The Sea to Sky has seen a dramatic shift in weather this week. Following a very cold and snowy start to the year, a series of warm and wet fronts rolled through this week, creating conditions that change significantly with elevation.
Terrain below 2,000 metres saw fairly heavy rainfall over Tuesday and Wednesday, likely saturating the snow surface. Terrain above 2,000 m received mixed precipitation and snow, with strong winds. All elevations saw natural avalanche activity, with wet avalanches in terrain that received significant rainfall and dry avalanches in terrain that remained above the freezing line.
The wet weather is expected to give way to a high pressure system, with freezing levels remaining high on Friday. The weekend will see a mix of sun and cloud, and freezing levels gradually falling back to 1,000 m by Sunday morning.
As you head into the backcountry this weekend, be aware the landscape has changed. Remember to approach all avalanche terrain with fresh eyes. Where the snow was impacted by rain, a supportive melt freeze crust will likely form on the surface as the weather cools. Avalanches are unlikely where a thick surface crust is present, but it will make for challenging travel conditions. The crust will thin higher up towards the freezing line and become less supportive.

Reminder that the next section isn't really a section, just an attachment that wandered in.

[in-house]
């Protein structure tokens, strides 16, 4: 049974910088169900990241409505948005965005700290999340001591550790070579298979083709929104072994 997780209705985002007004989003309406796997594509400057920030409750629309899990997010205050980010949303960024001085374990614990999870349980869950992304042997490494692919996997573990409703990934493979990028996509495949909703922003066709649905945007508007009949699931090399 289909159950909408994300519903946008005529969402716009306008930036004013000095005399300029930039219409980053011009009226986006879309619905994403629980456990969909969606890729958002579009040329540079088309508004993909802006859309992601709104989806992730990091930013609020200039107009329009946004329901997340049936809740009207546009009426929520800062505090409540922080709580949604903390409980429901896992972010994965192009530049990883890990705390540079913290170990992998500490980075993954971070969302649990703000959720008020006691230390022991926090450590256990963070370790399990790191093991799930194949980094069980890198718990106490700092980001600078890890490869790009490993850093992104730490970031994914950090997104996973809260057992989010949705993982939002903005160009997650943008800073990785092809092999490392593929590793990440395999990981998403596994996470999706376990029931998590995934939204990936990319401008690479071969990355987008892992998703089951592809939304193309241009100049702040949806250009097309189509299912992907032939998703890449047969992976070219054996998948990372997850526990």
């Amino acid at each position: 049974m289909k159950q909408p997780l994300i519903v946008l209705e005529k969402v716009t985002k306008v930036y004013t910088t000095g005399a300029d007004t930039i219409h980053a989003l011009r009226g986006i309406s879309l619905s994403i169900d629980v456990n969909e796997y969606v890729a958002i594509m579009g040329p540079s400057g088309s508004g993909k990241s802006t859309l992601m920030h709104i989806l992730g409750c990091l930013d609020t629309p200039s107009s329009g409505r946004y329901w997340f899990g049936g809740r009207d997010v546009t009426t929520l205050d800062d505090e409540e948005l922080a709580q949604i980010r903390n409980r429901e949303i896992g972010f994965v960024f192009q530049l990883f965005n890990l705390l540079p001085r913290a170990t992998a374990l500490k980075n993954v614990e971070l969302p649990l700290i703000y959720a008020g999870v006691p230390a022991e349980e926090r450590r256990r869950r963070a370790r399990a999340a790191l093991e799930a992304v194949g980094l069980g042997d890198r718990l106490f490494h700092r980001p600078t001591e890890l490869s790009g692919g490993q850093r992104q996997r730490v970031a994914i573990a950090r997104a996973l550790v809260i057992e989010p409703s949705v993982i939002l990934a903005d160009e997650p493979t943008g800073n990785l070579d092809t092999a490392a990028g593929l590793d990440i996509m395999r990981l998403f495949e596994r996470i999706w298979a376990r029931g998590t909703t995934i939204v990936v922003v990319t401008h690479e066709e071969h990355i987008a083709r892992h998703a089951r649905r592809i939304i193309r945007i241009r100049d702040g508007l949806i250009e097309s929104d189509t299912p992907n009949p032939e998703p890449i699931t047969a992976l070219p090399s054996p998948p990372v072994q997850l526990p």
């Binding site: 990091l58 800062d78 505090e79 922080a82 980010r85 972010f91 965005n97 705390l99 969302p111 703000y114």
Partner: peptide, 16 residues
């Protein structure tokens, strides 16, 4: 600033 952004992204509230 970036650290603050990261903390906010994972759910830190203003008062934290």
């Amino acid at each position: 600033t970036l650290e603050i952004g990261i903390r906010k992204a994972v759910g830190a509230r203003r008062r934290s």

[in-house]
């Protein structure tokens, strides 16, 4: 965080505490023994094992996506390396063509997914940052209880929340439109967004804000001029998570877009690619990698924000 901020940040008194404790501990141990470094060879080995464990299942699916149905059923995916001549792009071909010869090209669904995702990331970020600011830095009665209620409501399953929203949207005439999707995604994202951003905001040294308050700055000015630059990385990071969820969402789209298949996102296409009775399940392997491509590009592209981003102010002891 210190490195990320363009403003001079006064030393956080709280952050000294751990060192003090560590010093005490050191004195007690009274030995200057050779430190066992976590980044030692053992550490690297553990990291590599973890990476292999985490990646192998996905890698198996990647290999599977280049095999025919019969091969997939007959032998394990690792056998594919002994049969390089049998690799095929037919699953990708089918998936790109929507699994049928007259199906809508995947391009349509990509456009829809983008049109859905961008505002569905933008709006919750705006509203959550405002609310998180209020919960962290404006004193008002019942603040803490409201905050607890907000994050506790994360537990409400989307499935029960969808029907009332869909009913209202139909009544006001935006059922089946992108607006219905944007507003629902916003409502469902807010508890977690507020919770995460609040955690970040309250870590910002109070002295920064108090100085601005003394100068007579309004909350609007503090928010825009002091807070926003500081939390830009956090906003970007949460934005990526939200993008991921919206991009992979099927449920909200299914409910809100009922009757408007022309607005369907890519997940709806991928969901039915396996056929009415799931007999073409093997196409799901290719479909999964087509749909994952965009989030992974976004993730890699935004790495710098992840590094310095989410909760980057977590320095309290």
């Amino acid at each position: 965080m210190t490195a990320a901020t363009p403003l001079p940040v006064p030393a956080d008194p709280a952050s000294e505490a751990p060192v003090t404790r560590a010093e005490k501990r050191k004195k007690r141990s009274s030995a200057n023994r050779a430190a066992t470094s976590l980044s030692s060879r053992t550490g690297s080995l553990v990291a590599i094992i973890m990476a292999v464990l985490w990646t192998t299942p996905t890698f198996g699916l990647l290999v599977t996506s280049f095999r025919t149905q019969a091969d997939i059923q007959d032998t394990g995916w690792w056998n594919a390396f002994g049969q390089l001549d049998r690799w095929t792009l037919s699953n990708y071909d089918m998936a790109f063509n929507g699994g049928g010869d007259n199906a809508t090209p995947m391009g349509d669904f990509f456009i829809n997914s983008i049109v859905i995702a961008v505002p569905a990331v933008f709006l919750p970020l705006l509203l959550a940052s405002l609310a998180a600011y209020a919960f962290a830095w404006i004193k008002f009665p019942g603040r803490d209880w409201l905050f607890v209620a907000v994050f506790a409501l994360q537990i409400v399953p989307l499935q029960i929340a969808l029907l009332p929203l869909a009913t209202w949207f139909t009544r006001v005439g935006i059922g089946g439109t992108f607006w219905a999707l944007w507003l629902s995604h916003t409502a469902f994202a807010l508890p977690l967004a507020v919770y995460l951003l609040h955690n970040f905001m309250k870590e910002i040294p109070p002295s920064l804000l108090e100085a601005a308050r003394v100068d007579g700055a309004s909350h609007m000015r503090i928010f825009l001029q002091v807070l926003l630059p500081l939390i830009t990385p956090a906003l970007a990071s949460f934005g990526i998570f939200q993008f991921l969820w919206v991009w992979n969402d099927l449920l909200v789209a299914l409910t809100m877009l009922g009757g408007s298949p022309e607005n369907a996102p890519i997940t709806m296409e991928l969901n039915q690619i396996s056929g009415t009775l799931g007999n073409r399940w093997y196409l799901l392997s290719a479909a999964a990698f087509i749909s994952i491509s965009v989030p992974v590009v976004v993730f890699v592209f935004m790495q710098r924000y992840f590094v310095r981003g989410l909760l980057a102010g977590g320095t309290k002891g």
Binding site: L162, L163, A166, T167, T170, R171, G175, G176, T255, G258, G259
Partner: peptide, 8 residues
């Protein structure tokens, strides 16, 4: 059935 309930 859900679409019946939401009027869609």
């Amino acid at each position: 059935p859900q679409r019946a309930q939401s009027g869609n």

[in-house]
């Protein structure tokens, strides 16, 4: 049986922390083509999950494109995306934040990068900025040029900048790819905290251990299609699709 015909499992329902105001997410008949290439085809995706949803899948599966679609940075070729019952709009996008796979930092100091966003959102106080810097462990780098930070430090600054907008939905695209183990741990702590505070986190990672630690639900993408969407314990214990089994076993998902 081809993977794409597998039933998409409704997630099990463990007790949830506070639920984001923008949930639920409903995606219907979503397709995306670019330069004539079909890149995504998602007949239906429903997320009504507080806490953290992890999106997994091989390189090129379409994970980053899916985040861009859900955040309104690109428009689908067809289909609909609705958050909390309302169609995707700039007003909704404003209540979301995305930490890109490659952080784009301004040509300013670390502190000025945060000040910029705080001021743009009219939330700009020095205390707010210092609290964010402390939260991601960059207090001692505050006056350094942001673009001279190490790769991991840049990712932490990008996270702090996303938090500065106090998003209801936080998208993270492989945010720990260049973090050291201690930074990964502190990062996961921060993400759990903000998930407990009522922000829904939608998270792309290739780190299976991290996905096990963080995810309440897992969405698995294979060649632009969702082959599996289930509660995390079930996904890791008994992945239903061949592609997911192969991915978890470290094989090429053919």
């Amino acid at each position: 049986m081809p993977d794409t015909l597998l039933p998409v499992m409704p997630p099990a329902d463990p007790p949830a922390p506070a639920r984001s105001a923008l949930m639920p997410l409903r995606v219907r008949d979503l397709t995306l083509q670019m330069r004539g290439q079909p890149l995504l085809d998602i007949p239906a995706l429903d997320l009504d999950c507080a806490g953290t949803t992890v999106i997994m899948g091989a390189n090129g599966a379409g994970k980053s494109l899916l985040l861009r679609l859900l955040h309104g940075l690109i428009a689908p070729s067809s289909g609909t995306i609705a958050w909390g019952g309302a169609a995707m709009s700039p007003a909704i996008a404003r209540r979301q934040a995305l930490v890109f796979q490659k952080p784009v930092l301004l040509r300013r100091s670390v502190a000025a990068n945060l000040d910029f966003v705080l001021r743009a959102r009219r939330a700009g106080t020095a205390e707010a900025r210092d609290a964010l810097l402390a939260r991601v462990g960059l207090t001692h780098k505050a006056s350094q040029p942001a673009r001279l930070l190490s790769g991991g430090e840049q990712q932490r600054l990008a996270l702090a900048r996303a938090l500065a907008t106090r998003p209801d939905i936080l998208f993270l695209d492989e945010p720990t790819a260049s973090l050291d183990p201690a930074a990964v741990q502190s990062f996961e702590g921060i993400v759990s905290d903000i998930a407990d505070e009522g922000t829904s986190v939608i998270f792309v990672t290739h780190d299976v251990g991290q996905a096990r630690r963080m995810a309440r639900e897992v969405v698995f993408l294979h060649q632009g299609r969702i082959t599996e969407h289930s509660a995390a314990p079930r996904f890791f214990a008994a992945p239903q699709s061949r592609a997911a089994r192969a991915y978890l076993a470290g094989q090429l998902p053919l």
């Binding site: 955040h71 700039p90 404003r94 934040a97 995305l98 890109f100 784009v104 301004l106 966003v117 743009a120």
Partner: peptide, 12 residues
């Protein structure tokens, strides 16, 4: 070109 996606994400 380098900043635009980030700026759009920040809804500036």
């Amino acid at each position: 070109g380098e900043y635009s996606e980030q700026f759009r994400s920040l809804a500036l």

If you head to higher elevations in the search for dry snow, expect to find a variety of wind-affected surfaces. Avalanche hazard may decrease following this storm, however wind- loaded features in the treeline and alpine may still hold slabs reactive to a human trigger. Check the forecast at avalanche.ca to get the most up-to-date information.
CONDITIONS MAY VARY AND CAN CHANGE RAPIDLY. Check for the most current conditions before heading out into the backcountry. Daily updates for the areas adjacent to Whistler Blackcomb are available at 604-938-7676, online HERE, or go to avalanche.ca.